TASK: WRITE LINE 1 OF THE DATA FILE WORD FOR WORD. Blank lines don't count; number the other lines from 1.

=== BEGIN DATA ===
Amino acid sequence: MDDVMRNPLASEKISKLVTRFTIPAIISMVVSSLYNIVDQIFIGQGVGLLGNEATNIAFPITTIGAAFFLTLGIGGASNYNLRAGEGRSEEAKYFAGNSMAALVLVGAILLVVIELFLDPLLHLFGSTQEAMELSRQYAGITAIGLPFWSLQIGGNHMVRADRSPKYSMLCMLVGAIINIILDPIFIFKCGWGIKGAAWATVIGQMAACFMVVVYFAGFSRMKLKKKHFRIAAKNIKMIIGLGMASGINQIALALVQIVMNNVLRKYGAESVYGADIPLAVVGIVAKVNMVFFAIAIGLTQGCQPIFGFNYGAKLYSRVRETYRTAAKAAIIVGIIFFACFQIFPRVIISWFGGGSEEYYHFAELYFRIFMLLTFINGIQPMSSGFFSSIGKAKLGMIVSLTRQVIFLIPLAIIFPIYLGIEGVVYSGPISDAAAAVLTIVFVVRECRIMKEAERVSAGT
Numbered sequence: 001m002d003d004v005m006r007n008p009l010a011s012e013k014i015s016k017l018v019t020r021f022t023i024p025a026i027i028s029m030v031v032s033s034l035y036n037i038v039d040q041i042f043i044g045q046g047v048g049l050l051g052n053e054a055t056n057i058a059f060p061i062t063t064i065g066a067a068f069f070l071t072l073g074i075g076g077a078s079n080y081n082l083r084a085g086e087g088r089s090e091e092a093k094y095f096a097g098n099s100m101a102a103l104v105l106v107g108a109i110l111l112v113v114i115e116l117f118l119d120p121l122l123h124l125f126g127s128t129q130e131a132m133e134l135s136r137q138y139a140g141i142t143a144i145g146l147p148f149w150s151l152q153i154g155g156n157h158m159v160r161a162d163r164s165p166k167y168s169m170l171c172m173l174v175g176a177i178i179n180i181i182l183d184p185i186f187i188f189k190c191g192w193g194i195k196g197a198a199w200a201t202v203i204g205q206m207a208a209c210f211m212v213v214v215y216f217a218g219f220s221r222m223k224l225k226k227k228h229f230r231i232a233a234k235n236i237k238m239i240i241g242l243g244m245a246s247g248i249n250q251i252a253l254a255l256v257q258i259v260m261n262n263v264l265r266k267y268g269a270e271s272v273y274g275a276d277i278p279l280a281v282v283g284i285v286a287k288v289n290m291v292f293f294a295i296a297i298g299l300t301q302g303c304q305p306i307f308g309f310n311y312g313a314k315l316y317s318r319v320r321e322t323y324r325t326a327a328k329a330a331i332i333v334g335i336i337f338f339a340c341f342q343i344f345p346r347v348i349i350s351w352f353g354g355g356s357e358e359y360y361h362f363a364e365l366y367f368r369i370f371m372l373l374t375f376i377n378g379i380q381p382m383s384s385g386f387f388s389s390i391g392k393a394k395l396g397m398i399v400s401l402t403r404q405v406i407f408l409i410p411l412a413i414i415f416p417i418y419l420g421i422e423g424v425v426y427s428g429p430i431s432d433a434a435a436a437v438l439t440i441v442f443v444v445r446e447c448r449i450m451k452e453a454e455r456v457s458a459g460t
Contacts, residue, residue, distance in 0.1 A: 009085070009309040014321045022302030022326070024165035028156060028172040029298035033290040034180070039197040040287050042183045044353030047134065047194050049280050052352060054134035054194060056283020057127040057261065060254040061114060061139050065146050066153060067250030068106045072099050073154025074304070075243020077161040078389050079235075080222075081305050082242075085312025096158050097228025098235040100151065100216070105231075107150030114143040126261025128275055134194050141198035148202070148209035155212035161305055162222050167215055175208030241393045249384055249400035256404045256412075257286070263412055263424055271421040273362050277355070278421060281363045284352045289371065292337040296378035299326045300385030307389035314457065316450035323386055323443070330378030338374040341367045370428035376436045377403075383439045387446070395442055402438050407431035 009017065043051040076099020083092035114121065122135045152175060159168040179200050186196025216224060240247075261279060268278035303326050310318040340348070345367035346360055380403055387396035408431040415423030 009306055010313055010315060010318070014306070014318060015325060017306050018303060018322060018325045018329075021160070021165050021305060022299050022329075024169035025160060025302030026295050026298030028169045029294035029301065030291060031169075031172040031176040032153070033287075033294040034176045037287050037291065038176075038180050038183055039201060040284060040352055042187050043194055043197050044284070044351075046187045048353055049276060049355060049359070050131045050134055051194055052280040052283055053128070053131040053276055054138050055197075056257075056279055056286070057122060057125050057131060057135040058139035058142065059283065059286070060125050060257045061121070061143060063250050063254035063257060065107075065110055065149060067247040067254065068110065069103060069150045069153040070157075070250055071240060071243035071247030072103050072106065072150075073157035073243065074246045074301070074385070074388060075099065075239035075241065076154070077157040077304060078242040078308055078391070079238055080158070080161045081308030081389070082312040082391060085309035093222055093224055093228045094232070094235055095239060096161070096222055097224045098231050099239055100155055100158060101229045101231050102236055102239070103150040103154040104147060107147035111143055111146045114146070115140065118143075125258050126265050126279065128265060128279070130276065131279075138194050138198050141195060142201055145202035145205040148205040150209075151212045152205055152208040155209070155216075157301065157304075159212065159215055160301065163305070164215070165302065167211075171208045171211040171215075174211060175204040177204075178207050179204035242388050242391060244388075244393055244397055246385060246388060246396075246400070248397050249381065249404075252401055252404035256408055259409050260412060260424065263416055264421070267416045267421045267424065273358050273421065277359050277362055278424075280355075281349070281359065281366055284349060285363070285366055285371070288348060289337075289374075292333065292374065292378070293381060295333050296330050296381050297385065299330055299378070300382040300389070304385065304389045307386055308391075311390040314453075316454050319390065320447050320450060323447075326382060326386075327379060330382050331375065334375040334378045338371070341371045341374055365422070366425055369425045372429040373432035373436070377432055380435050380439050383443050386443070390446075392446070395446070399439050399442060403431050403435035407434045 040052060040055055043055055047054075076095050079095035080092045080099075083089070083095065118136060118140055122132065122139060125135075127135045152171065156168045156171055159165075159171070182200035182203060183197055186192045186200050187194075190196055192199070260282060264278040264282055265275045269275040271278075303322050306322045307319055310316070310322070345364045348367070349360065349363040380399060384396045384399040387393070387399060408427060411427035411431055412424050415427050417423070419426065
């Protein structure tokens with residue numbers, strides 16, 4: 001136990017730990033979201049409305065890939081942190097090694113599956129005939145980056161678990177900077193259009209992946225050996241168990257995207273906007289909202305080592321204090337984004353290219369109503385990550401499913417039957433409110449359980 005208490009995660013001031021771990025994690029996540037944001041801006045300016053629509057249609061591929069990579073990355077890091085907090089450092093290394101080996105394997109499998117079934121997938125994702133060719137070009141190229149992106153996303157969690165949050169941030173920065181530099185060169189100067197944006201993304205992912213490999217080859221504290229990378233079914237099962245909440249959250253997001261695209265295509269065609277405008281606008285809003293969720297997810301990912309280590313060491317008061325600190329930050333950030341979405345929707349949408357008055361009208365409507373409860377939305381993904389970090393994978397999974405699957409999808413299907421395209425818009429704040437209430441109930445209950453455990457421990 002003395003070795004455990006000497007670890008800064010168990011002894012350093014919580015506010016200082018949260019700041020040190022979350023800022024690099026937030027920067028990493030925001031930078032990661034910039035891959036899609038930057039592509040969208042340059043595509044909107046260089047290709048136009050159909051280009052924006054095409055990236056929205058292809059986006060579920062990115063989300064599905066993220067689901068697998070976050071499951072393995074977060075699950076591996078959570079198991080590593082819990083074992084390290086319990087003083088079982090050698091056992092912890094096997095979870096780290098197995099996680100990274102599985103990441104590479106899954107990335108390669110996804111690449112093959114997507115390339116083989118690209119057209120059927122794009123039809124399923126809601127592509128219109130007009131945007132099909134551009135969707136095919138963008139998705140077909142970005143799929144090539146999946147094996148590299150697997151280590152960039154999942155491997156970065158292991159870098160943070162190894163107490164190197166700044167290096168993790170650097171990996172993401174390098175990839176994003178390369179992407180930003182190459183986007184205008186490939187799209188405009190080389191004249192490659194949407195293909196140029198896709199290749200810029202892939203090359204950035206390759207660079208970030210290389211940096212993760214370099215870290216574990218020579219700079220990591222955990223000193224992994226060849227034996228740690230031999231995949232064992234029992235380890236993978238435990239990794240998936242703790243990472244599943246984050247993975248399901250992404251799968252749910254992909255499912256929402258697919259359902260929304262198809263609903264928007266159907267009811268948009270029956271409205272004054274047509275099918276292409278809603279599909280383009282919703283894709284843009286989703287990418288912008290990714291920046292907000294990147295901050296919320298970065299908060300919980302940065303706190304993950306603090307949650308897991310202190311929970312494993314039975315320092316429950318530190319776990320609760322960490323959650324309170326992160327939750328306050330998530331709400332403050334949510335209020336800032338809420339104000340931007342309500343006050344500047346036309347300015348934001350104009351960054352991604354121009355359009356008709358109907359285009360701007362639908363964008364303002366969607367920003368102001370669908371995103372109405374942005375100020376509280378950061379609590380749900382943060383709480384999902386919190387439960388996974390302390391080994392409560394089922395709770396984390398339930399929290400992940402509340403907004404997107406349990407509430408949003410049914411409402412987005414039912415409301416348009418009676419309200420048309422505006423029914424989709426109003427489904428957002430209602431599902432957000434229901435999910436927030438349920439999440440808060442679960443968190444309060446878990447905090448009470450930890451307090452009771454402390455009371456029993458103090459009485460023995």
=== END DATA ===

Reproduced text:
Amino acid sequence: MDDVMRNPLASEKISKLVTRFTIPAIISMVVSSLYNIVDQIFIGQGVGLLGNEATNIAFPITTIGAAFFLTLGIGGASNYNLRAGEGRSEEAKYFAGNSMAALVLVGAILLVVIELFLDPLLHLFGSTQEAMELSRQYAGITAIGLPFWSLQIGGNHMVRADRSPKYSMLCMLVGAIINIILDPIFIFKCGWGIKGAAWATVIGQMAACFMVVVYFAGFSRMKLKKKHFRIAAKNIKMIIGLGMASGINQIALALVQIVMNNVLRKYGAESVYGADIPLAVVGIVAKVNMVFFAIAIGLTQGCQPIFGFNYGAKLYSRVRETYRTAAKAAIIVGIIFFACFQIFPRVIISWFGGGSEEYYHFAELYFRIFMLLTFINGIQPMSSGFFSSIGKAKLGMIVSLTRQVIFLIPLAIIFPIYLGIEGVVYSGPISDAAAAVLTIVFVVRECRIMKEAERVSAGT